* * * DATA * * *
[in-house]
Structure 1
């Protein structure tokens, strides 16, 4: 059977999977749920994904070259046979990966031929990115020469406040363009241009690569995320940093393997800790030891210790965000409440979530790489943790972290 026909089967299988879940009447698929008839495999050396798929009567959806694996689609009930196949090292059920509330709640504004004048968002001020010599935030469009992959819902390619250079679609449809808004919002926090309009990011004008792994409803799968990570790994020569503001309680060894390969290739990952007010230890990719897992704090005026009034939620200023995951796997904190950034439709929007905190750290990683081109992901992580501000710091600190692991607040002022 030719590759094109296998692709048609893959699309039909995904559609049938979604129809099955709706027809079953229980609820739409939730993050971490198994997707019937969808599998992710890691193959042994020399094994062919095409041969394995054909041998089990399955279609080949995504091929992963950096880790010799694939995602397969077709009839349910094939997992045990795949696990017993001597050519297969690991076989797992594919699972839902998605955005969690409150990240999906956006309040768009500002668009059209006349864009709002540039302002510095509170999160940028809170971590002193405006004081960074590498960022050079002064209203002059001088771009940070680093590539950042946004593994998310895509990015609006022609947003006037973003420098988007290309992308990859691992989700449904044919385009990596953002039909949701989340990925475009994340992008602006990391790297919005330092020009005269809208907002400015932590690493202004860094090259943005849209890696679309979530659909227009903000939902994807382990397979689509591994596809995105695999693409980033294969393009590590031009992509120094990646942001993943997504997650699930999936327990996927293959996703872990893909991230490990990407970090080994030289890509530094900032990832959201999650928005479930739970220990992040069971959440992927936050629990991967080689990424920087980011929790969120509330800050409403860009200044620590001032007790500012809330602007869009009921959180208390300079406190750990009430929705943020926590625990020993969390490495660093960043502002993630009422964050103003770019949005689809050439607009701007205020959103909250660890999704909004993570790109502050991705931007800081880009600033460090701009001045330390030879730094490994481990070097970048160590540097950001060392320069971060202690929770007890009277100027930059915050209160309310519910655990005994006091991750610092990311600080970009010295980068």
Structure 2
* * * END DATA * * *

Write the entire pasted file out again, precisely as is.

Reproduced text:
[in-house]
Structure 1
């Protein structure tokens, strides 16, 4: 059977999977749920994904070259046979990966031929990115020469406040363009241009690569995320940093393997800790030891210790965000409440979530790489943790972290 026909089967299988879940009447698929008839495999050396798929009567959806694996689609009930196949090292059920509330709640504004004048968002001020010599935030469009992959819902390619250079679609449809808004919002926090309009990011004008792994409803799968990570790994020569503001309680060894390969290739990952007010230890990719897992704090005026009034939620200023995951796997904190950034439709929007905190750290990683081109992901992580501000710091600190692991607040002022 030719590759094109296998692709048609893959699309039909995904559609049938979604129809099955709706027809079953229980609820739409939730993050971490198994997707019937969808599998992710890691193959042994020399094994062919095409041969394995054909041998089990399955279609080949995504091929992963950096880790010799694939995602397969077709009839349910094939997992045990795949696990017993001597050519297969690991076989797992594919699972839902998605955005969690409150990240999906956006309040768009500002668009059209006349864009709002540039302002510095509170999160940028809170971590002193405006004081960074590498960022050079002064209203002059001088771009940070680093590539950042946004593994998310895509990015609006022609947003006037973003420098988007290309992308990859691992989700449904044919385009990596953002039909949701989340990925475009994340992008602006990391790297919005330092020009005269809208907002400015932590690493202004860094090259943005849209890696679309979530659909227009903000939902994807382990397979689509591994596809995105695999693409980033294969393009590590031009992509120094990646942001993943997504997650699930999936327990996927293959996703872990893909991230490990990407970090080994030289890509530094900032990832959201999650928005479930739970220990992040069971959440992927936050629990991967080689990424920087980011929790969120509330800050409403860009200044620590001032007790500012809330602007869009009921959180208390300079406190750990009430929705943020926590625990020993969390490495660093960043502002993630009422964050103003770019949005689809050439607009701007205020959103909250660890999704909004993570790109502050991705931007800081880009600033460090701009001045330390030879730094490994481990070097970048160590540097950001060392320069971060202690929770007890009277100027930059915050209160309310519910655990005994006091991750610092990311600080970009010295980068």
Structure 2